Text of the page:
Despite having a lack of urgency, the music has an unmistakable persistence. You can hear it on the tapped drum beats behind ‘The Live Long After’ and the rolling squalls that consume ‘…a Las Vegas Show Girl’, and it gives the album a character that is not really epic or grand (there’s too much grimy guitar for that), but does flow together almost as one interwoven piece. This also allows themes to be revisited, most notably on the opening and closing tracks. While there’s an immediacy to ‘Fat Dracula’, it’s not a characteristic shared by the other songs. In fact, you could reasonably argue it’s the only song that could be released as a single and be easily latched onto. Out of context, it’s difficult to make sense of the protracted choral interludes, or the caustic guitar abuse that peppers the other songs, especially as they frequently drift off into a hazy distance. If you think of what The Armed are currently doing with hardcore, it’s a similar idea, although here Sugar Horse appear to be deconstructing the genre without really having their feet planted in one to begin with. That they make it work at all is a feat, but that it works so well is what makes the record so special – just don’t expect to get it at a casual listen.

When the album is straight-up angry and noisy, on ‘The Great British Death Cult’ or ‘Fat Dracula’, it really holds your attention, but as it becomes loftier, it can be a little too ambitious. Notably, the one time they ease up on their persistence, it illustrates why it’s so important. As ‘Phil Spector In Hell’ flows into the title track, the tempo slows to almost nothingness and feels untethered, you might even say tedious, and it’s here that the album is at its most testing. It’s like a hot air balloon grazing the ground as it struggles to get airborne, but the fact that it finally does and becomes something of a highlight proves the creative gamble does pay off. However, where the band really show their majesty is the penultimate track, ‘Dadcore World Cup’. It’s a stunningly expansive piece that’s so boundless and anthemic-adjacent, it manages to recall something like the Top Gun theme without even existing in the same universe. It’s also everything the band does presented in a way that is satisfying without compromising their integrity, making for a huge centrepiece.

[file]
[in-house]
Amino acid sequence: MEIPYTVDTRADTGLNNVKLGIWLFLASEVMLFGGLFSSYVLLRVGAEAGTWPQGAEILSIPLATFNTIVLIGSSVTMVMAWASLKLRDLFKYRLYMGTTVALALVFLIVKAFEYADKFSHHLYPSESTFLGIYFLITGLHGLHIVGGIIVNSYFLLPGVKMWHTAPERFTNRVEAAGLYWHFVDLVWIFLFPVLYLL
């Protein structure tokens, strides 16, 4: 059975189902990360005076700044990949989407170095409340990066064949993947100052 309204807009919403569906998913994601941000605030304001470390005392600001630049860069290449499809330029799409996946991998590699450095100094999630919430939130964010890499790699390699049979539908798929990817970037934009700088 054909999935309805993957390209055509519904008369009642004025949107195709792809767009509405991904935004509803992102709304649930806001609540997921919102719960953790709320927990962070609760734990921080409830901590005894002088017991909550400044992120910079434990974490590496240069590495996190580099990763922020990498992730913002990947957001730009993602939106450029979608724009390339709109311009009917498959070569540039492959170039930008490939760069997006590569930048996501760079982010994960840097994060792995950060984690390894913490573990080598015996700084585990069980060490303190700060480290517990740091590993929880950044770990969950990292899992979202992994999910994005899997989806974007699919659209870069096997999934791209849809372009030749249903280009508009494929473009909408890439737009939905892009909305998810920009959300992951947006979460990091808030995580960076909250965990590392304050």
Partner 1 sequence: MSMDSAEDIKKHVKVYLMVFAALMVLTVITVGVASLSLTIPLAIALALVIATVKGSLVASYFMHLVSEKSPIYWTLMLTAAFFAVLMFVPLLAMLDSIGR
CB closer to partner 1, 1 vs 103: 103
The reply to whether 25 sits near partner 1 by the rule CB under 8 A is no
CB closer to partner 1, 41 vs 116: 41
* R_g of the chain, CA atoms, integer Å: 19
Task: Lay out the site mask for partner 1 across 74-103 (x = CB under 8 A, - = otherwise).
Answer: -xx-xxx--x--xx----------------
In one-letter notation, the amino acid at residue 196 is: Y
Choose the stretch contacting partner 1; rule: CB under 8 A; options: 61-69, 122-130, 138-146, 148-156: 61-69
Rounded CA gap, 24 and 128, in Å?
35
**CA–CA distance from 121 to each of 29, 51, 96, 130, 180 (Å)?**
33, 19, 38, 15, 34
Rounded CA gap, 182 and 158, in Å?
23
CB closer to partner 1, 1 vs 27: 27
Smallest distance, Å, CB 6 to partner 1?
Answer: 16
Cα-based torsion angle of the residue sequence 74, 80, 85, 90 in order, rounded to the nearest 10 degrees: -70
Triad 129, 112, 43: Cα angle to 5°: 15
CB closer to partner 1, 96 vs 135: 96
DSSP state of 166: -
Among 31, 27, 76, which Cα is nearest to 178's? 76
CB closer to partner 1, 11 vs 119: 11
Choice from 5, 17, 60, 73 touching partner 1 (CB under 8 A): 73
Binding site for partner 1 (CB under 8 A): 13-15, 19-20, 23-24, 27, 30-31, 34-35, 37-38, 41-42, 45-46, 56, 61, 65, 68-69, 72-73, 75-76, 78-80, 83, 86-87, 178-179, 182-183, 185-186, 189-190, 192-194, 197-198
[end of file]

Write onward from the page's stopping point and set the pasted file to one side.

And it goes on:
Where their self-titled EP felt hobbled by its shorter runtime, here the band spend almost an hour expanding their ideas, giving each song the time it needs to flourish. This is especially true of the nine-minute closing track, but with the average length around seven, they’re always keen to let things breathe. Songs like ‘Terrible Things Are Happening As We Speak’ and ‘The Live Long After’ rise and fall along a spectrum between abrasive noise and something that belongs on an Editors or Gates record. Given that the sound isn’t always heavy per se, but definitely raucous enough to put off the casual listener, you can’t help but wonder who the album might appeal to. Yet, because the band have managed to keep control of what they are doing in a way that feels natural, the album stands up on its own merits; it’s a case of do something this well, and it’ll be bound to find an audience.

Ambitious and by turns doomy-gloomy and shimmeringly beautiful, ‘The Live Long After’ is a rich and rewarding record. By constantly shifting and evolving, it keeps you enraptured – and by refusing to be what you think it should, remains extremely satisfying.

IAN KENWORTHY